And then, when we realize that, in some ways, women of color feel about white women the way white women feel about men - in other words, that we're not that helpful. That's where this leads to the issue of we've really want to change that perception. We don't want to be on the wrong side of that equation. So it's also a very good thing…

Ms. GOOD: This is why - I think it's true. I think what a lot of women just aren't aware of that this is a pretty serious issue, I think.

MARTIN: Cynthia, go ahead. Expand on which - that point if you would.

Ms. GOOD: Well, I mean, and some, you know - to add onto what Carol was saying, I mean, some of the people we interviewed for this article went so far as to say that black women are treated by white women almost as - and we have a quote. This doesn't come from me. It's hired help, and that's the way they're viewed. And, you know, they talk about the glass ceiling being the (unintelligible). But for African-American women, it's often at the clerical level. Women are leaving these positions, they're opening companies six times the rate as everybody else. And I think the thing that really scares me is this is not the blatant racism that we saw in years past. This is something that is more insidious. It's something that's unspoken. It's something that may not even be conscious, which to me is almost more dangerous.

MARTIN: And, well, I hope to say, Cindy, you're not just - you don't just have a quote in this in your article. You have an on-the-record quote. By a…

Ms. GOOD: Yeah, a number of them, actually. You're right. Yes.

MARTIN: …yes, by a woman who works for Home Depot, the Home Depot, a major company who says that white women don't have parity with white men, but they're a rung above women of color on the ladder. White men in corporate America look at white women and see their wives, mothers, grandmothers, sisters, aunts, daughters, nieces, granddaughters. In contrast, she says, many of the same men still see women of color as clerks, and some white women secretly view black women as the hired help.

Ms. GOOD: Right. And is that your sense of it, too, Denise? Do you see that, too?

Ms. EVANS: Well, what I want to offer is that I believe that on both sides, there's things that we don't know we don't know.

Ms. GOOD: Right.

Ms. BECKLES: And I think this is a great opportunity to continue to dialogue around this topic, because it is very real. In my work with developing diversity competencies and diversity strategy and helping companies work towards filling that pipeline and retaining people of color, they awareness piece is critical. Because unless they have an understanding of what the pockets of issues are, they will not be addressed.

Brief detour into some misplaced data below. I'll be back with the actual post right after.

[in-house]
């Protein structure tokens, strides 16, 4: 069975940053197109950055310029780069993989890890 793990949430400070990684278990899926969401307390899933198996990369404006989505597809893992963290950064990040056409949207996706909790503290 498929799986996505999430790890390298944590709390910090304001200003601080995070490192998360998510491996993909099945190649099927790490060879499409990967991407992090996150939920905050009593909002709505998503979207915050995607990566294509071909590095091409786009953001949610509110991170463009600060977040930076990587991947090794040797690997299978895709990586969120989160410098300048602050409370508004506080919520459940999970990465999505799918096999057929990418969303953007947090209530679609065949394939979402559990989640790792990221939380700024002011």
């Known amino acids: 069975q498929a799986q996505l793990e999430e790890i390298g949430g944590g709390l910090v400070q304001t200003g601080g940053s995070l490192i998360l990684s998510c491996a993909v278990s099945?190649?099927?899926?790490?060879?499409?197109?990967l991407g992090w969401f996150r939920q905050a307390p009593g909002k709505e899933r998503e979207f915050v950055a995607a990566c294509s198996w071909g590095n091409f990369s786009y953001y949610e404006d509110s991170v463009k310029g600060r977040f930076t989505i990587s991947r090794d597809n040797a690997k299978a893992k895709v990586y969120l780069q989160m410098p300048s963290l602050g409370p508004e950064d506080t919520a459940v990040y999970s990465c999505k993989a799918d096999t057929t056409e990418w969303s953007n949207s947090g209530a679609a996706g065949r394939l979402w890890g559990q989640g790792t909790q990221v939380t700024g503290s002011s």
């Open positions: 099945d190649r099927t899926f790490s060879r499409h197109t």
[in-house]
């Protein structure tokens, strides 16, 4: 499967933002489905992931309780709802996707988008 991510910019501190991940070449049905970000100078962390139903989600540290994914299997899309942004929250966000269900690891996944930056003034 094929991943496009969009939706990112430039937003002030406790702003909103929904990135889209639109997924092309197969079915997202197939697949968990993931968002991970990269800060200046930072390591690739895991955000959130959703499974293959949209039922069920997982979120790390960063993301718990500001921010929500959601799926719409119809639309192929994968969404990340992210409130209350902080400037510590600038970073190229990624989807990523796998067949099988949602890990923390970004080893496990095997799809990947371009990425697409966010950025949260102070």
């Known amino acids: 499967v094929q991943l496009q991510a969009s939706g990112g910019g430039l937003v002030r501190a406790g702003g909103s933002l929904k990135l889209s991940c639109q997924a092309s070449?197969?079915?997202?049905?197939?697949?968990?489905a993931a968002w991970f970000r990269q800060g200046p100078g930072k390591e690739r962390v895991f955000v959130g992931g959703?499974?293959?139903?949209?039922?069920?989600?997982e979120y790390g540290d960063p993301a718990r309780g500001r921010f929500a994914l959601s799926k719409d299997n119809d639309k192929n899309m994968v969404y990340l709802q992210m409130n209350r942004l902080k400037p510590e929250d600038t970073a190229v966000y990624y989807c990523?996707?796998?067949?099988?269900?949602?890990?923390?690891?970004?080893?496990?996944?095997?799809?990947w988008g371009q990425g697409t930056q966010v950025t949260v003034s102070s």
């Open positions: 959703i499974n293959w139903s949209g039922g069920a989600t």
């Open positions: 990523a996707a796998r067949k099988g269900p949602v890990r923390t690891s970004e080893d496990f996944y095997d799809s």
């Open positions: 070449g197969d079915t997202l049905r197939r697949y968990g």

MARTIN: Well, Denise, it sounds like - just to further your point, you're saying that African-American women have a responsibility, too. What are some of the things…

Ms. GOOD: Yeah.

MARTIN: …that they could be doing to reach across?

Ms. BECKLES: Oh, absolutely. I think it's important for us to connect with our senior leadership, our women, our white women in our organizations - take that step, take that initiative. And I'm not saying that there's women of color who don't. But for me, with the aspirations that I have, it's imperative that I make as many connections as I can, not just with white women, but many types of mentors to be able to develop that strategy to get where it is I want to go. Unless that's communicated, our senior leaders or our leaders really don't know how to help us. And that information is critical. Yeah.

MARTIN: But Carol, I have this question. Why women, per se - I mean, we've pointed out that there are only 13 female CEOs, 11 are white, two are Asian-American. You know what that means? Yes.

Ms. BECKLES: Well, that means that the vast majority are men.

MARTIN: Yes.

Ms. BECKLES: So the question now is why are we asking this question about why women aren't being more supportive of women in the workplace, as opposed to the overwhelming majority of corporate officers who are men? I mean, why shouldn't men have to do more mentoring?

Ms. EVANS: They really need to be. And it's not just that we're talking about women, but women may be the easiest path to helping each other get ahead. Oh, yeah, because look at the low level of trust that we have of men. Men still are perceived as much of a barrier to advancement for women in general, and we just don't want white women to be aligned with men on that. Of course, many, many men are in the position of being able to help, being able to mentor and being very, very willing.

MARTIN: If you're just joining us, this is TELL ME MORE from NPR News, and we're talking about an article on this month's Pink magazine about whether white female professionals are doing their part to help African-American colleagues climb the corporate ladder.

Cynthia, I'd ask the same question, though. Is it - the response - you know, why is, why should white women feel a responsibility to be helpful to African-American women?

Ms. GOOD: White male leaders certainly, they hold the bulk of leadership positions. At the end of the day, though, one of the things we like to do at Pink is not just point the finger at everybody else, but to look in the mirror and say, what can we do? What can we do to be an advocate for each other, and what can we do to be an advocate for ourselves? And we've asked Denise to sit down and write part of this piece as a sidebar she did on what responsibility do white women have to support each other, and what responsibility do black women have to promote themselves?